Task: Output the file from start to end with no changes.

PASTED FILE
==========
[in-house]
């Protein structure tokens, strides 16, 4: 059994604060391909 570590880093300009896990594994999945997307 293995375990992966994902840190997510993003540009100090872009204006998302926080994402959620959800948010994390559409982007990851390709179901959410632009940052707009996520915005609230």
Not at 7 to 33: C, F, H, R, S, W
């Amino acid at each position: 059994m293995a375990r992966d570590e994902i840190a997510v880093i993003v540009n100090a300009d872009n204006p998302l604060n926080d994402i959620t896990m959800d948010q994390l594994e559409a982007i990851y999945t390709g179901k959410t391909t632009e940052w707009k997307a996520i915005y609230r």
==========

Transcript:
[in-house]
């Protein structure tokens, strides 16, 4: 059994604060391909 570590880093300009896990594994999945997307 293995375990992966994902840190997510993003540009100090872009204006998302926080994402959620959800948010994390559409982007990851390709179901959410632009940052707009996520915005609230």
Not at 7 to 33: C, F, H, R, S, W
């Amino acid at each position: 059994m293995a375990r992966d570590e994902i840190a997510v880093i993003v540009n100090a300009d872009n204006p998302l604060n926080d994402i959620t896990m959800d948010q994390l594994e559409a982007i990851y999945t390709g179901k959410t391909t632009e940052w707009k997307a996520i915005y609230r």